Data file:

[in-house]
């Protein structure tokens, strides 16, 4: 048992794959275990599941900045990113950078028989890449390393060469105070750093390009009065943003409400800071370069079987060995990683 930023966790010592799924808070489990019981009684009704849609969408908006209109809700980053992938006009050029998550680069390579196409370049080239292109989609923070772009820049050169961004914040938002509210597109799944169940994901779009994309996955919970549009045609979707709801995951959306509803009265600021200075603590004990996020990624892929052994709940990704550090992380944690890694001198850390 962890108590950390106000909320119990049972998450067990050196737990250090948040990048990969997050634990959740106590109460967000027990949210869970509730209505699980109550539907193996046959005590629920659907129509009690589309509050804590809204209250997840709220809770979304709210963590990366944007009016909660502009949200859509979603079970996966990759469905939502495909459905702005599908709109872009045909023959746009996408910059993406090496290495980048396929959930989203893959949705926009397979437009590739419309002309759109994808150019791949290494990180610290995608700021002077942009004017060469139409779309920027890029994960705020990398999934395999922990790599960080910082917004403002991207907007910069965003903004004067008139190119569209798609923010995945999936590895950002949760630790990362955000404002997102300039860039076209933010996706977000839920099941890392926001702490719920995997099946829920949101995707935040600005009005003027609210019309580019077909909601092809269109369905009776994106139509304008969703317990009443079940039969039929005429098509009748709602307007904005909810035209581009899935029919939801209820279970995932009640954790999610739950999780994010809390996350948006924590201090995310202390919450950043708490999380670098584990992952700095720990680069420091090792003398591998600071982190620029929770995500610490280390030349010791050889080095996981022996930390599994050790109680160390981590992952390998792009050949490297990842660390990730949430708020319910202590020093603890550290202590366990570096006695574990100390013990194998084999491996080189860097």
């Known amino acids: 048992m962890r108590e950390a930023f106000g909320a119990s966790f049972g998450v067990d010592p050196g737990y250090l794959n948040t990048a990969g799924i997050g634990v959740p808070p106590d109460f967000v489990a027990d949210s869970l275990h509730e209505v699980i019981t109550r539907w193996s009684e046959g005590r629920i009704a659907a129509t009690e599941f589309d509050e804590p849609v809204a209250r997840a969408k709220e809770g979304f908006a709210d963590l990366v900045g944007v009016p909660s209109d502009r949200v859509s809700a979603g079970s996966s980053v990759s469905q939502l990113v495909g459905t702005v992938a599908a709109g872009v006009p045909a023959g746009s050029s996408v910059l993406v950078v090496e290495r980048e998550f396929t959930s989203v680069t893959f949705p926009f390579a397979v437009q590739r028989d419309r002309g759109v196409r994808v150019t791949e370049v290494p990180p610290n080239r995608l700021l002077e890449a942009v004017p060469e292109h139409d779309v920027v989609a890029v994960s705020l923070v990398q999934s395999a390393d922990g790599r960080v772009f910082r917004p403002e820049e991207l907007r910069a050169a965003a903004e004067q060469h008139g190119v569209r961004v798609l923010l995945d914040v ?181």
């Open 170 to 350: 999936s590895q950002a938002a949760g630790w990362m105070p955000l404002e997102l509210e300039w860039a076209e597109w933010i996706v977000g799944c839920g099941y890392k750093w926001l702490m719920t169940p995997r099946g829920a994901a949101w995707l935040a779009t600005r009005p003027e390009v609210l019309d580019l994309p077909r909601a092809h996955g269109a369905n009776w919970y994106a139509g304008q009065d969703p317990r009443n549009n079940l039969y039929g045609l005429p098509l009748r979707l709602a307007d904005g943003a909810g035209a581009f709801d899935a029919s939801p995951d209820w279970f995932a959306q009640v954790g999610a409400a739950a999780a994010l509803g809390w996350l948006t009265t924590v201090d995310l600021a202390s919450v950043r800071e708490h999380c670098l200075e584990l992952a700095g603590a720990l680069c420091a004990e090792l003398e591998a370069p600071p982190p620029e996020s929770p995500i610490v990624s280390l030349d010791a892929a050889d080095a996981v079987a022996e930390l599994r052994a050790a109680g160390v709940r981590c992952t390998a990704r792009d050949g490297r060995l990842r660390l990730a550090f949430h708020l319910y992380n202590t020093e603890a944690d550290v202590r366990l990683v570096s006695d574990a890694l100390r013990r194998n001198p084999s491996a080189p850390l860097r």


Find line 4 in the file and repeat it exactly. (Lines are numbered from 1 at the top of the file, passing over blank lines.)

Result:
């Open 170 to 350: 999936s590895q950002a938002a949760g630790w990362m105070p955000l404002e997102l509210e300039w860039a076209e597109w933010i996706v977000g799944c839920g099941y890392k750093w926001l702490m719920t169940p995997r099946g829920a994901a949101w995707l935040a779009t600005r009005p003027e390009v609210l019309d580019l994309p077909r909601a092809h996955g269109a369905n009776w919970y994106a139509g304008q009065d969703p317990r009443n549009n079940l039969y039929g045609l005429p098509l009748r979707l709602a307007d904005g943003a909810g035209a581009f709801d899935a029919s939801p995951d209820w279970f995932a959306q009640v954790g999610a409400a739950a999780a994010l509803g809390w996350l948006t009265t924590v201090d995310l600021a202390s919450v950043r800071e708490h999380c670098l200075e584990l992952a700095g603590a720990l680069c420091a004990e090792l003398e591998a370069p600071p982190p620029e996020s929770p995500i610490v990624s280390l030349d010791a892929a050889d080095a996981v079987a022996e930390l599994r052994a050790a109680g160390v709940r981590c992952t390998a990704r792009d050949g490297r060995l990842r660390l990730a550090f949430h708020l319910y992380n202590t020093e603890a944690d550290v202590r366990l990683v570096s006695d574990a890694l100390r013990r194998n001198p084999s491996a080189p850390l860097r």